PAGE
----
“This is going to be top pay across the board that is budgeted,” pointed out VZC Chief Deputy Mike Bates Jan. 24. “When we hire people based on experience and their license, it will probably be less pay.”

VZC Pct. 2 Commissioner Virgil Melton Jr. expressed his appreciation to VZC Sheriff Dale Corbett for his efforts in putting together the new salary schedule.

“The raises are going to be a big help to us,” emphasized Bates. “Right now, we are spending more money with a revolving door. I have three openings for patrol and one opening for a sergeant. We still may not be where we want to be with the salaries but we are going to now be in the fight with these salary increases.”

Kirkpatrick spoke on the issue of a revolving door among the sheriff’s department and jail employees during the Jan. 24 meeting.

“At some point and time, we need to sit down, come together and put together a plan that when we hire somebody that they sign a contract with VZC,” pointed out Kirkpatrick. “When we put someone through school and we pay the expense for educating that person, that person should stay with VZC first. Other counties have that in place. We need to have that here.”

“The flipside to that is you may have a disgruntled employee on your hands,” responded Bates. “It is a catch-22. If we can get the people to stay, it will make my job a lot easier. We are getting where we need to be and I thank you for that.”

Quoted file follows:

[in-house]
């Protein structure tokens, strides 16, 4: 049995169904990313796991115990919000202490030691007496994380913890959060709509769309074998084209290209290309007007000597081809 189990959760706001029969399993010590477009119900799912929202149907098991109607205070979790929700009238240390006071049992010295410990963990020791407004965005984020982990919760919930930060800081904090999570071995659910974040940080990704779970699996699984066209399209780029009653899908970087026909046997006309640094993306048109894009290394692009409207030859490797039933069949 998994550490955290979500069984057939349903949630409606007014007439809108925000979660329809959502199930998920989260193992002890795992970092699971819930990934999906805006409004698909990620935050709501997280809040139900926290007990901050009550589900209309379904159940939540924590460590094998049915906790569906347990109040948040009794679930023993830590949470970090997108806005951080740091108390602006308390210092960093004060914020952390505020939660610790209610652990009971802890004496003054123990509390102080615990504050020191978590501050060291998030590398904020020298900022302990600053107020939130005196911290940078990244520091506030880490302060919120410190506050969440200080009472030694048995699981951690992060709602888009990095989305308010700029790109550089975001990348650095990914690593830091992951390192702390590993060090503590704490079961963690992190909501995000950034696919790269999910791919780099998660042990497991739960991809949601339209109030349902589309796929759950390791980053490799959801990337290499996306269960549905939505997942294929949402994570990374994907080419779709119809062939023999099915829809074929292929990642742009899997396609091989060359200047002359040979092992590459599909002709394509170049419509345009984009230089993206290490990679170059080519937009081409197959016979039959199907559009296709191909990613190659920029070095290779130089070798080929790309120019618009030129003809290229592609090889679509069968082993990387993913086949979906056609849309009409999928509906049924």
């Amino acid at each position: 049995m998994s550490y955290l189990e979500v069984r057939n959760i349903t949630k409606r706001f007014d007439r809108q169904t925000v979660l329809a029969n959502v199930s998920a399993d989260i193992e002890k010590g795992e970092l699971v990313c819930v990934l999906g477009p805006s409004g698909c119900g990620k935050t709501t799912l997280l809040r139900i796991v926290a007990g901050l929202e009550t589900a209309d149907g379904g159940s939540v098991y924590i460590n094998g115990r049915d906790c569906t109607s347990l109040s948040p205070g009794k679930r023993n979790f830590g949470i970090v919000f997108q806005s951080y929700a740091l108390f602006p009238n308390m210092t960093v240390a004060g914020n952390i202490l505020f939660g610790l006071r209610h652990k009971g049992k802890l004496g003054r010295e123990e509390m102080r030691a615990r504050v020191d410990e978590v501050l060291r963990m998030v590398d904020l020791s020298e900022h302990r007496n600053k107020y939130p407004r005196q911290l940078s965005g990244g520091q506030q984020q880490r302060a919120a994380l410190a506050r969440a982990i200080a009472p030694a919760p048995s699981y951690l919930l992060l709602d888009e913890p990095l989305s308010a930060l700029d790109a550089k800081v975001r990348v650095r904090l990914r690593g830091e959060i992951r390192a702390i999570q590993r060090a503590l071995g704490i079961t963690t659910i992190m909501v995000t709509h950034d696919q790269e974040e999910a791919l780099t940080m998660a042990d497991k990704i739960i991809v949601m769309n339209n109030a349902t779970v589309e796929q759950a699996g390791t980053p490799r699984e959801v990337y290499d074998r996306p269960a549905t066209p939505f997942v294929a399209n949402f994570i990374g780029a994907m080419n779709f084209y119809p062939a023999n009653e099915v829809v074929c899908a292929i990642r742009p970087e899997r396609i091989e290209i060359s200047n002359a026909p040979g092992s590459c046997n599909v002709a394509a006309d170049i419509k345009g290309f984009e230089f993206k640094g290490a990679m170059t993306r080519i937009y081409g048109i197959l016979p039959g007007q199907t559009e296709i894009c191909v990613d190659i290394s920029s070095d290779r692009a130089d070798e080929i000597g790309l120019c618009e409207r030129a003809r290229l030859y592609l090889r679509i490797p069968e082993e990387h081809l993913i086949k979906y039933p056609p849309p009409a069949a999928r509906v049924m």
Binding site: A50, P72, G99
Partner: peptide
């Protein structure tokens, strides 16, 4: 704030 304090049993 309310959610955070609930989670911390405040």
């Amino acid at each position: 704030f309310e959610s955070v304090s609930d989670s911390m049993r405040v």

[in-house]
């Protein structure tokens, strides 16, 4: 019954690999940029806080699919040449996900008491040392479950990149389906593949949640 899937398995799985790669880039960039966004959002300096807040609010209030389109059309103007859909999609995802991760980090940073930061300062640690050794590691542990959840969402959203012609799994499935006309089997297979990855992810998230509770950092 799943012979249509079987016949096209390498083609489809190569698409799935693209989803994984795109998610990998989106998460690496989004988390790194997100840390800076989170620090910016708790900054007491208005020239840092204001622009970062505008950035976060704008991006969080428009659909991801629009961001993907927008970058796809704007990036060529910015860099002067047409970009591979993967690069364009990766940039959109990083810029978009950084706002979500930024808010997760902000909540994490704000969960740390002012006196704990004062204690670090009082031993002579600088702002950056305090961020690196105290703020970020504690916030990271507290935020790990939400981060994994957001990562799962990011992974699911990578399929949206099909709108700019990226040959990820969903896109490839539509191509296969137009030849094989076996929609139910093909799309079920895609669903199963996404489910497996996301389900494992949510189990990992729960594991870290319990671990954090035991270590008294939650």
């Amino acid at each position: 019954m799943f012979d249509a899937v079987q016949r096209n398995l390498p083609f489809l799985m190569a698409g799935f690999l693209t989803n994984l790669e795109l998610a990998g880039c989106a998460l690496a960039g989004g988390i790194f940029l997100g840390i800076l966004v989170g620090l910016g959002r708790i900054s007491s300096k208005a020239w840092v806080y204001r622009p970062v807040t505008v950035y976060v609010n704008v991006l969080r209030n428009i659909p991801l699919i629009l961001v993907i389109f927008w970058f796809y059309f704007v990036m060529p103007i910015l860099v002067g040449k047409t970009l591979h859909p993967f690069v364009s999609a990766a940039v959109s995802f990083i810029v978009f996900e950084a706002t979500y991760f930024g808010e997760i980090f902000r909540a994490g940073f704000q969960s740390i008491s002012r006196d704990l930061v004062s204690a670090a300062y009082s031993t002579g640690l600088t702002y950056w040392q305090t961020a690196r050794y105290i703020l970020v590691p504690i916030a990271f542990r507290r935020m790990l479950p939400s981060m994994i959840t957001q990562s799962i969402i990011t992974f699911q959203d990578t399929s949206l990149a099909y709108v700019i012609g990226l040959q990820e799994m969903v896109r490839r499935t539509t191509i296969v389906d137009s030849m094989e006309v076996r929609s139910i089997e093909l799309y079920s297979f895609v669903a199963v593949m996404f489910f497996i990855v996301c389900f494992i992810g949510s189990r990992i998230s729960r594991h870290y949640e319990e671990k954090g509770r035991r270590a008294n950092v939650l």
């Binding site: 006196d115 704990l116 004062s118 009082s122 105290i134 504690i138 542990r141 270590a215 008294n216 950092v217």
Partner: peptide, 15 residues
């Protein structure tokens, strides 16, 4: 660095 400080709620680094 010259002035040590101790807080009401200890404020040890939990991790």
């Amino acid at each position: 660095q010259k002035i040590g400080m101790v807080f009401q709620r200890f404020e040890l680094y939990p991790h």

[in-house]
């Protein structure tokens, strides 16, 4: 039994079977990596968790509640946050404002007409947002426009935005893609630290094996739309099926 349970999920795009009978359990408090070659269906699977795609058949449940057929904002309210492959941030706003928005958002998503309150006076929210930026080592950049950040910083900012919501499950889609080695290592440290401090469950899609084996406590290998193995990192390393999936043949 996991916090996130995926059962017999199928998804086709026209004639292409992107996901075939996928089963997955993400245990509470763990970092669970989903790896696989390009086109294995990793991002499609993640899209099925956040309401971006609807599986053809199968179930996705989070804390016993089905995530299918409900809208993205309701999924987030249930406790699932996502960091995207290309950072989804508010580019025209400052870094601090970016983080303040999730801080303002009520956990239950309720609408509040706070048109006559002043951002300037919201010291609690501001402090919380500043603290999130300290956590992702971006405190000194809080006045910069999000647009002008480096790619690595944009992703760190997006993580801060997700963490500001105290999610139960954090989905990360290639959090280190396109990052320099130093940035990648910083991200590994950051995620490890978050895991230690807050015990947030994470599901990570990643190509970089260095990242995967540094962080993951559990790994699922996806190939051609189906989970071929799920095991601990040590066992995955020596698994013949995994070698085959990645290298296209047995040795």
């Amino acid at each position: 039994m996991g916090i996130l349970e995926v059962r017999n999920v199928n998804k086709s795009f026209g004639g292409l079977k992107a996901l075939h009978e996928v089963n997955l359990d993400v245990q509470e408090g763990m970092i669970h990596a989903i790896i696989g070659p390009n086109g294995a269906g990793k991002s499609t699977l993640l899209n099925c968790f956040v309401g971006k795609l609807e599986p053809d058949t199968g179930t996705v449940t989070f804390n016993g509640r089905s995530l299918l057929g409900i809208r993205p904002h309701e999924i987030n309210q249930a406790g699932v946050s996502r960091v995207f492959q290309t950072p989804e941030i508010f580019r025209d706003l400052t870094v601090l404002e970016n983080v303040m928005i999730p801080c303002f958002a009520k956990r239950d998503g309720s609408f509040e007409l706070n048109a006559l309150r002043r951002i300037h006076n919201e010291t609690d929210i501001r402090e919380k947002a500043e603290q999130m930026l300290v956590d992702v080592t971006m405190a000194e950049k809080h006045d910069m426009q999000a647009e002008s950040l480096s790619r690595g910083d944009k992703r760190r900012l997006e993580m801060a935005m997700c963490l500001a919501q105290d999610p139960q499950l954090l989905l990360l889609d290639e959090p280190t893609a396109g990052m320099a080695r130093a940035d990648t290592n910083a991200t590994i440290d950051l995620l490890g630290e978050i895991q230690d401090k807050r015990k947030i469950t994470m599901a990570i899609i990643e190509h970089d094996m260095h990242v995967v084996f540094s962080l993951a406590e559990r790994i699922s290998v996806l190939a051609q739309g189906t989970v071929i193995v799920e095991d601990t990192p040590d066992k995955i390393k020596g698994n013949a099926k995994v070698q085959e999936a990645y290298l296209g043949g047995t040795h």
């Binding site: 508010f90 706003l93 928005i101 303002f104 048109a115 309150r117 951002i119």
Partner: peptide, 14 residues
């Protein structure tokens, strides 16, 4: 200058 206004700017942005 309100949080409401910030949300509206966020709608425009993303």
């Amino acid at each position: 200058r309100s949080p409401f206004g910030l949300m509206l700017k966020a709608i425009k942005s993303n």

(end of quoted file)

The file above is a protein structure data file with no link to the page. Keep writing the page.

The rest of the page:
Prior to the discussion and vote on the subject, Pct. 2 citizen Ronnie Jones spoke to the commissioners’ court during the public comments portion of the Jan. 24 meeting about the proposed new salary schedule.

“When Lindsay Ray was sheriff, you approved six deputies to be added to the patrol so that we would have two deputies for each precinct, patrolling 24 hours a day,” said Jones. “You ended up not adding any patrols in the precincts. We still have one patrol north and one patrol south. We still do not have the coverage we need. I was told by the auditor at that time that the money went for pay raises in the sheriff’s department. One cent of the three-cent tax increase would go to the sheriff’s department or the jail so that we can keep our employees in the county. Now you are talking about both the sheriff’s department and the jail. Maybe you are just talking about the jail. If you are talking about giving increases, you need to talk about all county employees. No one area deserves more money than another. The sheriff’s department has had raises.”